After close to 20 (yes) laser treatments, about every 5 weeks, my coarse chin hair is almost totally gone. Laser only targets the coarse hairs, not the downy facial fuzz everyone has, which I appreciate as it's a more natural look than bald.

I have a few stubborn individual hairs that might benefit from electrolysis now and I will have to get the occasional top-up laser for the rest of my life but it was absolutely, 100% worth it.

With laser you're in and out in 10 minutes, you can keep the area closely shaved right up until your appointment, and you're less likely to get scarring from improper needle use. Each treatment hurts less as the hairs are killed and honestly, my chin was so hardened from tweezing, epilating, burning depilatory creams, electrolysis etc. that the pain didn't bother me that much.

I didn't experience any discolouration. A good tech will start you at a low intensity and increase it on future treatments after determining that your skin could handle it. This takes longer and more treatments but is safer for you. Always wear sunscreen especially right after the treatment. The fact that your tech is so diligent about your skin health and safety suggests that they are a good tech.

My life is so much better, I can't even tell you; I actually forget to check my chin for hair before going out sometimes. I wonder if it's possible for you to get confirmation from your ordinary GP that you don't have vitiligo, but if I had to do it again and had to pay for a derm visit first, I absolutely would.

If you decide to continue with electro, go to someone else. They shouldn't just be cranking up the intensity without first determining that your skin can handle it with a lighter session. They should put emla (numbing cream) on you before and offer you ice or a cool washcloth after and should explain aftercare and safety to you. This person is sticking an electrified needle in your face; they need to be careful.
posted by windykites at 6:54 AM on December 1, 2018 [5 favorites]

There are three types of electrolysis - electrolysis, thermolyses and the blend. I had great success with the blend (olive skinned white lady) and no success with 4-5 treatments of laser. Yes elec hurt like hell but like others have said, my hair days are completely forgotten and so worth it.

I found it really depends on the technician - does she tug the hair or cook the follicle until the hair slides out with no tugging? If you feel tugging go somewhere else. My blend lady would cook the hair till it slid out and in like eight months of every 2wks to once a month they were all gone. Sadly I moved away but I miss her so much. Good luck!
posted by St. Peepsburg at 8:13 AM on December 1, 2018

I'm mixed, probably can go from pretty light medium to deeper medium depending on what time of the year, but also definitely not white (neither of my parents are) with very dark hair who started getting electrolysis earlier in the year for hairs on my chin that are dark and stubborn and seemed to be increasing as I grew older (haven't been diagnosed with a hormonal imbalance or anything, just something I personally noticed). And I definitely was leaning towards electrolysis because I wanted a more permanent solution if possible even if it took longer.

One thing I didn't expect to hear during my consultation was the person telling me that for facial hair or other areas that hair growth is more affected by hormones. She said there's a chance it would just grow back or, as you mentioned, a risk that laser hair removal could encourage hair growth. So she just avoids lasering those areas in general. Now this is one thing I had not heard of when looking up electrolysis vs. laser hair removal, and I wanted to make sure she wasn't just trying to push the pricier (because of amount of time/sessions) option. So when I went back home I researched specifically on that to find it is a thing people do mention. Again this is just internet searching, not that I'm an endocrinologist or anything. So I don't know, if your condition is under control it might not be an issue. You could maybe go back/call back and ask about that to the laser technician. Like if the laser technician can explain what they're using and why in a confident way around that issue, might not be a problem, but who knows.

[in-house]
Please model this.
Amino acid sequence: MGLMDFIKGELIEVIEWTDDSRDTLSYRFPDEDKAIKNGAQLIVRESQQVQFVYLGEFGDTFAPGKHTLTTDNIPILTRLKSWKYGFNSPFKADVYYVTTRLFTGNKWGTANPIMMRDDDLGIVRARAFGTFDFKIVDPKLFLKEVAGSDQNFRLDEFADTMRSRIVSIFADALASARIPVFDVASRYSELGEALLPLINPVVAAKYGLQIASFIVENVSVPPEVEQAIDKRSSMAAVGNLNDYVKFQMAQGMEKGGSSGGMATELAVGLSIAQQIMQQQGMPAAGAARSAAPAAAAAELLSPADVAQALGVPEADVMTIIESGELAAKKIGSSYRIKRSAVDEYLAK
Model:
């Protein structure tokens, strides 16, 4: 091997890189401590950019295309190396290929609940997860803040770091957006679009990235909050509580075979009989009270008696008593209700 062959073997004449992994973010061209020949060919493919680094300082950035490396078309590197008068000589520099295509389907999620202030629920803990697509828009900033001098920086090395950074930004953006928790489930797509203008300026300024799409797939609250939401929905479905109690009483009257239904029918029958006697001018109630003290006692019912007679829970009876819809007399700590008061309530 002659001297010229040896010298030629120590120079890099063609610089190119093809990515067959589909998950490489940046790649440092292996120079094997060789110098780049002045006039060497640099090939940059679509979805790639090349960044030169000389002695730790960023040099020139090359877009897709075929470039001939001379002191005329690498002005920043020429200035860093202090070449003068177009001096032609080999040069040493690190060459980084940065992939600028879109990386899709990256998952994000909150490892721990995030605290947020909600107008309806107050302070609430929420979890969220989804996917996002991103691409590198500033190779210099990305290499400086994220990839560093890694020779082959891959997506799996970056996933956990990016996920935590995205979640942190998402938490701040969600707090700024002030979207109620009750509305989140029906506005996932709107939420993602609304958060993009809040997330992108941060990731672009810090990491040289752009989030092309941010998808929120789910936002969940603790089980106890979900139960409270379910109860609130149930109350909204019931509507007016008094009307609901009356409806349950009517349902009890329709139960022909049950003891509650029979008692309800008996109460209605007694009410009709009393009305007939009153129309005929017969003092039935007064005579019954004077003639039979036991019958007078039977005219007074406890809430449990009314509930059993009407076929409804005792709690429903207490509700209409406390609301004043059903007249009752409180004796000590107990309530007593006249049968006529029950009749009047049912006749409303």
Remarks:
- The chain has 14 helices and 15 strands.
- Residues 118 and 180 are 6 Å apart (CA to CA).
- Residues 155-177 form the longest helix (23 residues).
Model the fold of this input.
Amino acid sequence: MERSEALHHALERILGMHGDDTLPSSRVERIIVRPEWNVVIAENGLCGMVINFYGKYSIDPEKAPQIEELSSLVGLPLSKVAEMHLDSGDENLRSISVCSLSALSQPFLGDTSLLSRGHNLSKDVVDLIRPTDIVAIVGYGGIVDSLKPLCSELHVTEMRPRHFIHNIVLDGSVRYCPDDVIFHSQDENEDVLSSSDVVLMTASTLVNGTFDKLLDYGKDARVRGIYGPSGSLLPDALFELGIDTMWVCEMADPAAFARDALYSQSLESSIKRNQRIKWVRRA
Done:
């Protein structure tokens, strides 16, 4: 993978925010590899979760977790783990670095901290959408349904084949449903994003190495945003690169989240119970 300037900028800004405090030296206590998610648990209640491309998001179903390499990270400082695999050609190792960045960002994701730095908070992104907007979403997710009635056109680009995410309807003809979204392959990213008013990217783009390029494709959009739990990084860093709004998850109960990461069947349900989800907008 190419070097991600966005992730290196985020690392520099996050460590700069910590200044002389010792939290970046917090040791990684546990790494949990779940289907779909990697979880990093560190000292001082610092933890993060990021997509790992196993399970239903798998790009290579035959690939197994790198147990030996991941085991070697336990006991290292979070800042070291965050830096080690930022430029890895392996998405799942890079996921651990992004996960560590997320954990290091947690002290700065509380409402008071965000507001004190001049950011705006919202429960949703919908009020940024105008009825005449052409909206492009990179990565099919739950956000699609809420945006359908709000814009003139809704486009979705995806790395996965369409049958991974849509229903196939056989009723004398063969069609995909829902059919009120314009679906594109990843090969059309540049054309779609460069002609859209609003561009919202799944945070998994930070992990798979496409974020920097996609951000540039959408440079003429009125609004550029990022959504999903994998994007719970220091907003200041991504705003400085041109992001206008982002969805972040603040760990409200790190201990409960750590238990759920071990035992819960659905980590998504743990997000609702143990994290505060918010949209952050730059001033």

Basically, though, repeating what's been said above, from what I researched what everyone stresses is either way the technician should be skilled and should know what type of laser/temp they should be using, etc. There's also so many different technologies around both treatments, so someone's testimonial could be specifically on one piece of equipment and from years ago, which might be different from something available currently.

At the end of the day, I did want something more permanent, regardless of my skin concerns, so I went with electrolysis and just made sure to keep an eye on how my skin reacted in initial sessions. I'm satisfied with the results so far. Not everything is gone, but I definitely notice a decrease. I can't speak on the pain because I think I have a higher pain tolerance/patience for powering through pain so to me it's just an annoying series of little pinches or it doesn't bother me as much. However, when I began my technician did ask about the pain in order to adjust depending on my response. I haven't noticed any scarring. Maybe a white head or two depending on the session in the beginning, which I've heard is a thing that happens, but I haven't gotten those in a while. Again not sure if that's due to my technician's skill or my own skin's tolerance for things, or both, but my technician was also careful to check my skin and see how I was healing and asked each session in the beginning if I noticed anything like inflammation and whatnot.
posted by kkokkodalk at 12:34 PM on December 1, 2018